Jesus the Feminist

As I have been reading through the Gospels this summer, I have not found anywhere that Jesus acted in a way that is contrary to feminism (simply the advocacy of women’s rights on the grounds of gender equality). Because when Jesus came to Earth he came to save women. 

Jesus and the women of the Gospels

As Jesus was born, honour was brought to the teenage mother. Mary, the mother of Jesus, was a woman whose spirit rejoiced in God, the one she declared Saviour. She was humble but never weak. (Luke 1:47)

As he walked, Jesus knew that the blood of his ancestor Rahab walked with him. A woman who was a prostitute but who was also a model of so much more. She was courage and faith and hospitality. (Matthew 1:5).

As he talked, Jesus berated the Pharisees for not being like the Queen of the South. A woman who travelled from the ends of the Earth to know more of God. She was wisdom and discernment and leadership. (Matthew 12:42)

As he travelled, Jesus listened to the plea of a woman whose daughter was possessed. A woman who fell at his feet and with steeliness asserted her entitlement despite her place. She was shrewdness and wit and determination. (Mark 7:24)

As he watched the offering place, Jesus lauded the gift of the poor widow and raised her up. A woman who, out of her poverty, put in everything. She was both meekness, obedience and dignity. (Mark 12:44)

As he ate, Jesus accepted the abundant anointing of a woman who his host looked upon with disgust. A woman who was unholy but who was certain that Jesus was king. She was gentleness and love and faithfulness. (Luke 7:36)

As he preached, Jesus heard a woman in the crowd who cried out a blessing on his mother. He replied, “Blessed rather are those who hear the word of God and obey it”, a blessing upon this woman, telling her that his words were for her, his words were a recognition of who she was. A woman who had made her voice heard. She was fearlessness and defiance and audacity. (Luke 11:27)

And, as he stopped for a drink of water, he brought rest to one who was restless, running from her past. A woman whose unfaithfulness had isolated her, but a woman who is addressed by Jesus as an equal, who is an outsider who is brought in. She is invited and restored and saved. (John 4)

Because when Jesus came to Earth he came to save women.

And as he completed his mission on Earth, and was raised to life, it was women who were entrusted to spread the news. Those whose gender prevented them from being witnesses in a court of law were honoured by being the first witnesses to the greatest event in history. And let us not forget the many women who were apostles and disciples and leaders in the early church. Dorcas, praised for her service to the poor. Junia, declared as being outstanding amongst the apostles. Tabitha, explicitly named as a disciple. Priscilla who lead a church in her home, and Phoebe, who may have been the first person to ever read Romans to a congregation (for she was effectively the courier for Paul’s letters). They were all invited, restored and saved by the the blood of Jesus.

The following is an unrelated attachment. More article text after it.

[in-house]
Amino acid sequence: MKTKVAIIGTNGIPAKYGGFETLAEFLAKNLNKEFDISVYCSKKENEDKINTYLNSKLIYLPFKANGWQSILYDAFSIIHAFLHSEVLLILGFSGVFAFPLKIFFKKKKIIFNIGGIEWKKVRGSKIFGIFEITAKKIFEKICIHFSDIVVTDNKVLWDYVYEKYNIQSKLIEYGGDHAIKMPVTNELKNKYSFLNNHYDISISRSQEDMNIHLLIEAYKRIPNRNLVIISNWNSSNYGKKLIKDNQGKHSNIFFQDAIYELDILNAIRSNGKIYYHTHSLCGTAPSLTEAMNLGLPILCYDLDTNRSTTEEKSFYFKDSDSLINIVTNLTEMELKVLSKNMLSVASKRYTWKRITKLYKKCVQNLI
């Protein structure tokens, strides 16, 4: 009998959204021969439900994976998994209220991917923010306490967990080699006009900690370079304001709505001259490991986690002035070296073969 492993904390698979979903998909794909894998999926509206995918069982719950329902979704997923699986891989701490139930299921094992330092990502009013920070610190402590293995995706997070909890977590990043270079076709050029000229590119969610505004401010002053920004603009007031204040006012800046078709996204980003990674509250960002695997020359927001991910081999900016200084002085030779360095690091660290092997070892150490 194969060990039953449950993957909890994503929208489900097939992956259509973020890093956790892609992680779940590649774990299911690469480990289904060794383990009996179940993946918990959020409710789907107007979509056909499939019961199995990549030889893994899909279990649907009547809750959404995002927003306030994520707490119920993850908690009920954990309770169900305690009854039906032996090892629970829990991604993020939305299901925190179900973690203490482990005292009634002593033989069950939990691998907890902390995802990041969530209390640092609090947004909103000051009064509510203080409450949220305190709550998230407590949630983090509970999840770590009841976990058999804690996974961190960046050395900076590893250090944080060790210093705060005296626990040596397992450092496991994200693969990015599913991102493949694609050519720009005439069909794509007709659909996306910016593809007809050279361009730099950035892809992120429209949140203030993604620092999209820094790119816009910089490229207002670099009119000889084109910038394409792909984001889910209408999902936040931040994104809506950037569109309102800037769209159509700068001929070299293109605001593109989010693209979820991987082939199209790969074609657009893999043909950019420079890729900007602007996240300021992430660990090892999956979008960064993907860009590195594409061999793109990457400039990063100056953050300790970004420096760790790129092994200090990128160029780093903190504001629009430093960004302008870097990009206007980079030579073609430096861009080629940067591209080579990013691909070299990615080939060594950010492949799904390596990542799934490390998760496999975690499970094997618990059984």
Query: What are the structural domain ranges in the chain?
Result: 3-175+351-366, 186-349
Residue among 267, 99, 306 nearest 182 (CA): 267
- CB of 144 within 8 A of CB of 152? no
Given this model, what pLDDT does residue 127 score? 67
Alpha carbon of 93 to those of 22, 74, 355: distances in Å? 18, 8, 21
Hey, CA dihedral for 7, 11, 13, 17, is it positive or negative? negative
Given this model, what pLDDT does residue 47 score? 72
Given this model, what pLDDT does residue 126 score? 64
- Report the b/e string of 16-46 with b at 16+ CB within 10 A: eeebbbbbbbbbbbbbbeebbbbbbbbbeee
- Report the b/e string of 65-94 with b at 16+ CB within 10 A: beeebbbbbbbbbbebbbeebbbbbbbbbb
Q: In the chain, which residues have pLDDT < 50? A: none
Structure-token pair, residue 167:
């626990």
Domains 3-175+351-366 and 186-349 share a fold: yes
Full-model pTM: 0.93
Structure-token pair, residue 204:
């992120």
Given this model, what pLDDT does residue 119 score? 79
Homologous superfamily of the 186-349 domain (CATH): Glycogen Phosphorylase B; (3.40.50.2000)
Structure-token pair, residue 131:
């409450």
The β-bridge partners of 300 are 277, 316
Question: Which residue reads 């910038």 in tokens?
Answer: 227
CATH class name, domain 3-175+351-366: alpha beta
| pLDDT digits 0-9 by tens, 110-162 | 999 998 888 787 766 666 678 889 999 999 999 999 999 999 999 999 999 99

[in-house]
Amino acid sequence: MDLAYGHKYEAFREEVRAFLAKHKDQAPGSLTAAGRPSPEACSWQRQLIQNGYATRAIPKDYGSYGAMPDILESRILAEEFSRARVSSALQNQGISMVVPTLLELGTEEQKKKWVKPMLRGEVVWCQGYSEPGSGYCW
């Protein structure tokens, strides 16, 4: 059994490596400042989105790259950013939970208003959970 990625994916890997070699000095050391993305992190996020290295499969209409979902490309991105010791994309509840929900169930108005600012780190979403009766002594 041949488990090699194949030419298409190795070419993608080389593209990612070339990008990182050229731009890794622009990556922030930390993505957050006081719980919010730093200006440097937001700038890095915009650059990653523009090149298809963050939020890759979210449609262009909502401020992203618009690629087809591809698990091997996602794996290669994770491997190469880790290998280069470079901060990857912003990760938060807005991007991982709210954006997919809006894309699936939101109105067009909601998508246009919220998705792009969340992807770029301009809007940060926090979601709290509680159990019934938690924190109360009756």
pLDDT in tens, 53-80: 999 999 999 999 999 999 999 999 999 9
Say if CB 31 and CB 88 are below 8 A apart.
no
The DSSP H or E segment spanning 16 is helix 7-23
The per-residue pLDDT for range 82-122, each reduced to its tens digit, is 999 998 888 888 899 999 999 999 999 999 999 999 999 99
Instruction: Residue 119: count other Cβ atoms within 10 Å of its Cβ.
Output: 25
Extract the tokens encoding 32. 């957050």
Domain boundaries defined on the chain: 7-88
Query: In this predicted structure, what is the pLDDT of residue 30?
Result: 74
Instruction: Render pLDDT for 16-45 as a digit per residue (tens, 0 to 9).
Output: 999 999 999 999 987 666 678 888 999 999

The Gospels show us that Jesus was a feminist 

How the Bible is Feminist

We have already seen how the Gospels show us that Jesus was a feminist. He treated them as equals, invited, restored and saved them.

And the Bible also tells us that all are one in Christ (Galatians 3:28). That the only qualification to be a disciple, or one who teaches, leads, heals, serves or prophecies in the name of Jesus, is to have a love of God. And gender could never disqualify anyone from that.

The Bible also teaches that the only authority is God. And so to feel indignation at the authority of man, where it oppresses and prevents Christ’s redeeming work in the lives of women, is a biblical thing. It is therefore a mistake to think that a woman’s place in the kingdom of God is one only of silence or submission.

A woman’s place is to be the love of God to all people in whatever way she knows how. 

The women we find in the gospels, as models of this. Women of humility, not of weakness, of courage and faith and hospitality, of wisdom and discernment and hospitality, of shrewdness and wit and determination, of meekness, obedience and dignity, of gentleness, love and faithfulness, of fearlessness, defiance and audacity. For all women are invited, restored and saved by Jesus.

Christianity and Feminism

What we are told by the gospels should lead us to feminism. Because the gospel is all about God’s provision of redemption for women in the world. God’s love, mercy and justice. And this is a world in which women are mistreated, mutilated, abused, raped and abandoned, a world in which women are policed for what they wear on a beach in France, attacked with acid for the crime of going to school in Afghanistan, banned from driving in Saudi Arabia, prevented from owning land in Lesotho, a world in which women are under-represented, underpaid and undervalued.

Because God is a God of justice, who is therefore concerned with the central modes of injustice. And to the extent that feminism fights injustice, it is directly linked to God’s redemptive movement. Because God’s kingdom is a kingdom of gender equality, where all are valued equally. And so being a Christian should synonymous with doing something about feminist issues. Because Jesus was a feminist and we should be too. 

Because when Jesus came to Earth he came to save women. 

3 thoughts on “Jesus the Feminist

    • Rachel says:

      What you need to lead well is a dependency on and love of God. My view is that so long as gender doesn’t impact on that, women should be fully included in the leadership of the church.

      Like

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